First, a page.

Brady says having two Kiwis in the back of the boat makes life simpler. “It’s unbelievably noisy when we’re racing,” he said, “and when the helicopters come in for the big matches it’s worse. It helps if you can understand each other without words.”
Hutchinson says he and Barker have developed the same sort of connection despite their cultural differences. “We became friends,” he says. “We had to. But first, we learned to sail together. We’re in a really comfortable place now. We each know what the other means. Sometimes it’s not what you say but how you say it.
“About 80 percent of the time, Dean will default to me if I explain my decision right. If I don’t, he’ll default to his own instincts, and that’s not too bad because he has great instincts. Sometimes I just say, ‘Go with your instinct.’ ”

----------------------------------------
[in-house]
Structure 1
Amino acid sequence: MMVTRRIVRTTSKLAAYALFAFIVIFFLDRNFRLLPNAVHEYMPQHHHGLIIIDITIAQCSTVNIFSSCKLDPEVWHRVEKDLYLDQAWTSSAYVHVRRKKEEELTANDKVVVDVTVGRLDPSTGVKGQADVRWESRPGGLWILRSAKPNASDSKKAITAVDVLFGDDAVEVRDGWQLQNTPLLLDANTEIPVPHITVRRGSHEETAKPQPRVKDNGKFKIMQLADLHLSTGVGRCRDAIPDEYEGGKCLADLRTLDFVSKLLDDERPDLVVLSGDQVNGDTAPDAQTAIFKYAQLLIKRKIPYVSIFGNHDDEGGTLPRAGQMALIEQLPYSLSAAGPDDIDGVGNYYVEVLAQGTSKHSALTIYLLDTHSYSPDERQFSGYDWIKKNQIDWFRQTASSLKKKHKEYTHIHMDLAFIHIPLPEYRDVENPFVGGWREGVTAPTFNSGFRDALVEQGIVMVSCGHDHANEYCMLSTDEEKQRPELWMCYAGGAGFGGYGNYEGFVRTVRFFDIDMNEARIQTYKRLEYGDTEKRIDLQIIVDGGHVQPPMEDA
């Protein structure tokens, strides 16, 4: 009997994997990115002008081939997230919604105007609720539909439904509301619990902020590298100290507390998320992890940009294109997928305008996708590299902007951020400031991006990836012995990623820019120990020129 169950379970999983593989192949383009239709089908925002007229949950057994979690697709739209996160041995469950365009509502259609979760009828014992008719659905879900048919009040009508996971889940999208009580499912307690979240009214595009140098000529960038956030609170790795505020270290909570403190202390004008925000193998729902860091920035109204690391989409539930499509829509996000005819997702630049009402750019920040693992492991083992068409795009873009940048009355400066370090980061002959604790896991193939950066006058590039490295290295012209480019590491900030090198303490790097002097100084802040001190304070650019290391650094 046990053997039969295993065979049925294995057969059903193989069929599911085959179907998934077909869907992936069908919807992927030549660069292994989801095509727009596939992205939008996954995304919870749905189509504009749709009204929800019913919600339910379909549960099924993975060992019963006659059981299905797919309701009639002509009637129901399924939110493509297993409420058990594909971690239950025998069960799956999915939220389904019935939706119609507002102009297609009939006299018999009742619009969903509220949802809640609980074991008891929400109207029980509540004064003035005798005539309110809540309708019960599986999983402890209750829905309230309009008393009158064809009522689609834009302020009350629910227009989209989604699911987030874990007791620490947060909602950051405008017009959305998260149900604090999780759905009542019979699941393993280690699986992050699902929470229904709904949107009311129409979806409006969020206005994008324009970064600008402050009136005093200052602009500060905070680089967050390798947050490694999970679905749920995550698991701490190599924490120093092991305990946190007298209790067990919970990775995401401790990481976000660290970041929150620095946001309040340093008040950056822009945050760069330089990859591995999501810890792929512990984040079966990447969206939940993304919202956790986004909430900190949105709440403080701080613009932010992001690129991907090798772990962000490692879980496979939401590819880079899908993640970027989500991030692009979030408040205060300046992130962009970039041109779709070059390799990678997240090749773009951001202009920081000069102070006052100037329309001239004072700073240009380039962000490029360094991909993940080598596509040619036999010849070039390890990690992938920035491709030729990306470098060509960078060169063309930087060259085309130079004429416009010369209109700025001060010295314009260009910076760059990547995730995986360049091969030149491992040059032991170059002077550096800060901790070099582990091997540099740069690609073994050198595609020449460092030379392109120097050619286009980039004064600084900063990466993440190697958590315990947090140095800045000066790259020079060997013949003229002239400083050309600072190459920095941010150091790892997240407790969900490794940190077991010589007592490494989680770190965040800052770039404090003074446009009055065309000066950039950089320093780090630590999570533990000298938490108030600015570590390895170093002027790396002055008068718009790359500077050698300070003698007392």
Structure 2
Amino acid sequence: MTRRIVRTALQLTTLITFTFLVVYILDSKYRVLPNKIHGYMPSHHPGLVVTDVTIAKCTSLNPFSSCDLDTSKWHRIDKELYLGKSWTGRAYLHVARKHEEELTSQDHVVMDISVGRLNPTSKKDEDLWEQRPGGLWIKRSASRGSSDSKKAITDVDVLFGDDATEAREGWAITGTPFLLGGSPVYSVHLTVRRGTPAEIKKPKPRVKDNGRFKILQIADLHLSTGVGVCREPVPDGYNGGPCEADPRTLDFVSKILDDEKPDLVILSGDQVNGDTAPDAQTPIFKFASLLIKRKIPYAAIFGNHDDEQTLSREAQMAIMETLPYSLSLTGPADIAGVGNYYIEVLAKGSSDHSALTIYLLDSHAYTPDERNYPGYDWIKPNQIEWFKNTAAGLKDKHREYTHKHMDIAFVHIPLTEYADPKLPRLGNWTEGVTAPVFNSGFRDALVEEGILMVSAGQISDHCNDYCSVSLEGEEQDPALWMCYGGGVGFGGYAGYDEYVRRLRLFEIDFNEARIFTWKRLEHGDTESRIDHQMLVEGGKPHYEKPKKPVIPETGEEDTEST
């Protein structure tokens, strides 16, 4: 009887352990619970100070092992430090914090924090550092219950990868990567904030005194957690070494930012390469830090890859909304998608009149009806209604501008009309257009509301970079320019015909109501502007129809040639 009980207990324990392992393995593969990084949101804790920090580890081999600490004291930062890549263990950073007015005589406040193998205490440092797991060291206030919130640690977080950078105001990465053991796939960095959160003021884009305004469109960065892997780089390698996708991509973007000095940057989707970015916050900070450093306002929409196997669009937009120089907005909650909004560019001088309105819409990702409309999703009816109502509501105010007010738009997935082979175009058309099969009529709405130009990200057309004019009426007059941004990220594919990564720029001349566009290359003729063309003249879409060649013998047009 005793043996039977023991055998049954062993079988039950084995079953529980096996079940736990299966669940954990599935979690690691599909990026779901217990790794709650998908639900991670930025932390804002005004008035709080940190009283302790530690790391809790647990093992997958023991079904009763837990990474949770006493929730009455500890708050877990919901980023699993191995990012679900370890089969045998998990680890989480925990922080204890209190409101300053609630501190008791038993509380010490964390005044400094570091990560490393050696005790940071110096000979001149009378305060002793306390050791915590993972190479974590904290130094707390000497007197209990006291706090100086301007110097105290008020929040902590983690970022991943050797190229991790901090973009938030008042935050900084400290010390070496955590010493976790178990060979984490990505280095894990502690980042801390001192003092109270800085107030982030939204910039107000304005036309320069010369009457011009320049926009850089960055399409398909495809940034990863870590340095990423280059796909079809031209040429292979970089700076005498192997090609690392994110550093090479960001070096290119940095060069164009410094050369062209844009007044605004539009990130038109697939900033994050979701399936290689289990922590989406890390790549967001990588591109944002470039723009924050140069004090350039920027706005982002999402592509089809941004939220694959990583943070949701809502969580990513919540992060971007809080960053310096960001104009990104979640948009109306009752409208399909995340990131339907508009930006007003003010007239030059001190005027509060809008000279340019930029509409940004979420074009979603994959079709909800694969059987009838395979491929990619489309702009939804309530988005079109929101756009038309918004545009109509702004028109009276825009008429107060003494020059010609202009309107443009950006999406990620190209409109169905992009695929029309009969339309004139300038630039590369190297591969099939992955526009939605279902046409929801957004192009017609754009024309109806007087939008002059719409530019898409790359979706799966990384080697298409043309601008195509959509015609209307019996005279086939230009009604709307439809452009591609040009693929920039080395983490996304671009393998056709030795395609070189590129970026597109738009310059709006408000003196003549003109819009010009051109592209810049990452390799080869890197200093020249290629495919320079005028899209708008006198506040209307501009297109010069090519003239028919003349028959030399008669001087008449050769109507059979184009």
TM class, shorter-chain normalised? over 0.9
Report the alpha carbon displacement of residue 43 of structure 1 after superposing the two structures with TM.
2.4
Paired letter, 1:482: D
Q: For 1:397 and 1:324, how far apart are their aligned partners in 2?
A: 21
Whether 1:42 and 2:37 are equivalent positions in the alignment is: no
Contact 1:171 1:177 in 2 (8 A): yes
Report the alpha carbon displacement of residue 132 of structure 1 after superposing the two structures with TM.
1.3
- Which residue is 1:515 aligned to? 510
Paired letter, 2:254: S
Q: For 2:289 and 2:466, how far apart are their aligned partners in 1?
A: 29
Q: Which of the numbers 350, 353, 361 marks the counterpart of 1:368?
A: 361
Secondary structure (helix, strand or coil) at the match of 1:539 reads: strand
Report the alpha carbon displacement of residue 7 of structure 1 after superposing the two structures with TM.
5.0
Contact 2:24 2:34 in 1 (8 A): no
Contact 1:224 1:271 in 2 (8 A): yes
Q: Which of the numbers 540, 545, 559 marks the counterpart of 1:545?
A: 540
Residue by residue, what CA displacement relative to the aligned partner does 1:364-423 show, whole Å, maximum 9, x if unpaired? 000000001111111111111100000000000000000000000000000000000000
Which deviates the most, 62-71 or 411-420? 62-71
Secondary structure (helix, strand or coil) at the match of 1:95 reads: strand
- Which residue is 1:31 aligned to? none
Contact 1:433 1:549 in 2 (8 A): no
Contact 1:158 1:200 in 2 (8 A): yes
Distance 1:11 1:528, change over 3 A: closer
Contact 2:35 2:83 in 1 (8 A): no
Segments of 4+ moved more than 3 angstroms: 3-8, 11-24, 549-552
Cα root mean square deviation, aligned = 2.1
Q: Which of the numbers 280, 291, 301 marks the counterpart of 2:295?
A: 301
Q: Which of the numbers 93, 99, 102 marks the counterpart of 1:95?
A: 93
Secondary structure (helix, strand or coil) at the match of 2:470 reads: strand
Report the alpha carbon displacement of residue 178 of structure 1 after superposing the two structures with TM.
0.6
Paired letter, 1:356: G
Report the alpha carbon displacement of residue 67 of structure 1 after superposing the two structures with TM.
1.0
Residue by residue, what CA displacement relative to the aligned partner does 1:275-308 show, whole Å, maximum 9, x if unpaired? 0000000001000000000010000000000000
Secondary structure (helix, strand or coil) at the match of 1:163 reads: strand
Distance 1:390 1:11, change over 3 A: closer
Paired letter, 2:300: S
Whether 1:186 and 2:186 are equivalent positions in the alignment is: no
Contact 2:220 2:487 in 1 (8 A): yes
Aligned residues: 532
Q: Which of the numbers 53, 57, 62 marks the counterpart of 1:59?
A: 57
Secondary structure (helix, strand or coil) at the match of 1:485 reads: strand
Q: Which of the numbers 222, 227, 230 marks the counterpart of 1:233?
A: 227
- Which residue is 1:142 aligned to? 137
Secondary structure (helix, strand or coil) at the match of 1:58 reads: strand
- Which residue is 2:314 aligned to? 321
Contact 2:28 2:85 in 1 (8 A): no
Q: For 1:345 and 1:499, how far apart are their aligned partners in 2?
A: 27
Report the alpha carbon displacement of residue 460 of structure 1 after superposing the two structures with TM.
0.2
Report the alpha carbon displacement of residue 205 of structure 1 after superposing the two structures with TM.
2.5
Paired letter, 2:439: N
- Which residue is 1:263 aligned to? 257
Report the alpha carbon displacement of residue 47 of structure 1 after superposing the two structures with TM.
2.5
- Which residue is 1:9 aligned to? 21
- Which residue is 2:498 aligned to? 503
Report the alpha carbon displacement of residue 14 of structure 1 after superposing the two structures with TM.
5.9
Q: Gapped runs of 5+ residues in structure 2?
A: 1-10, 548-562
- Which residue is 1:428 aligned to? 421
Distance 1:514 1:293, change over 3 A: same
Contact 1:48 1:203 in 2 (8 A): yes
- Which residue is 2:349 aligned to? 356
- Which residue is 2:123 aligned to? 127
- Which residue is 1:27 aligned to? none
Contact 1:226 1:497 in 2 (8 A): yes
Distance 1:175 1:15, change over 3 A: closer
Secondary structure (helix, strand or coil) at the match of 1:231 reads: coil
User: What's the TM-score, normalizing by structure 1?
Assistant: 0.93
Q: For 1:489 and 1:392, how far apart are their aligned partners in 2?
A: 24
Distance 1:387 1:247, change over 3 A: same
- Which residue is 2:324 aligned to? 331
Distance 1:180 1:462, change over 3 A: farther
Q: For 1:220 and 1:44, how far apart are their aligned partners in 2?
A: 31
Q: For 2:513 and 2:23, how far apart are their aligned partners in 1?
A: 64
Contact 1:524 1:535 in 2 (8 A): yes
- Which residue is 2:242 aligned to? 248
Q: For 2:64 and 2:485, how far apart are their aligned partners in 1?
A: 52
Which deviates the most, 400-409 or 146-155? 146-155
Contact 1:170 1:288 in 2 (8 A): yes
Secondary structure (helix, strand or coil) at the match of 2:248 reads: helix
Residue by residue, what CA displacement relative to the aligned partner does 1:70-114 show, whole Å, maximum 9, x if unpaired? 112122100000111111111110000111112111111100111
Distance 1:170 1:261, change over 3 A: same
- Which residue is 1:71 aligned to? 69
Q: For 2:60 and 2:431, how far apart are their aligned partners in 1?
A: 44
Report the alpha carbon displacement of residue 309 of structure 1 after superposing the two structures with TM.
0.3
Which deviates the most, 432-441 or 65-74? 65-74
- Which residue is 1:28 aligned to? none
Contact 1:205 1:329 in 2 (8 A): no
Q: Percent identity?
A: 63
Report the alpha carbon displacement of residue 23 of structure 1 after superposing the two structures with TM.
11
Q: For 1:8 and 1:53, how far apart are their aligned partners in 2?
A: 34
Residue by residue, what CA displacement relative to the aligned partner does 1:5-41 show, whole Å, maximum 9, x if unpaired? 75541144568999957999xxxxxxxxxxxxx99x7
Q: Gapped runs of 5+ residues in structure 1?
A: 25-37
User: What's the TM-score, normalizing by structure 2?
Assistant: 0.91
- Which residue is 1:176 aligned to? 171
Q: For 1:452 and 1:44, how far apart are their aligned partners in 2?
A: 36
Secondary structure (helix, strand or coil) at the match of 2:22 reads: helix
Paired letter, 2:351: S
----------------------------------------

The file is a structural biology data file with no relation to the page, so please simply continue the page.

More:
Hutchinson reckons the long-term stability of the afterguard on TNZ will more than offset the natural bond Dickson and Brady have. “It’s going to be interesting to see how it goes with them,” he said. “They raced all last season in one configuration [with Pace] and now they make the change. They have a new boat [USA 98] that they haven’t had a lot of time to devel- op and a new tactician. How will they hold up?
“With us,” Hutchinson continued, “there’s nothing we haven’t done. We’ve been training for three years, we’ve had plenty of time to develop our boat, we have adequate money and a good leader in Dalts [team leader Grant Dalton], who is relentless and crazy in a good way. I don’t see the wheels coming off.”
“We’ve come a long way in the last six months,” Brady says in response. “At this point, it’s quite uncertain how we’ll match up. These two boats have never been on the water together. It’s going to be interesting.”
Gavin Brady, right, has coached software billionaire Larry Ellison in match-racing tactics. Brady is a native New Zealander who came to the United States as a teenager.
Terry Hutchinson, middle, is the tactician on top-ranked Team New Zealand, which is competing for a spot in the challenger finals. Hutchinson is a Maryland native.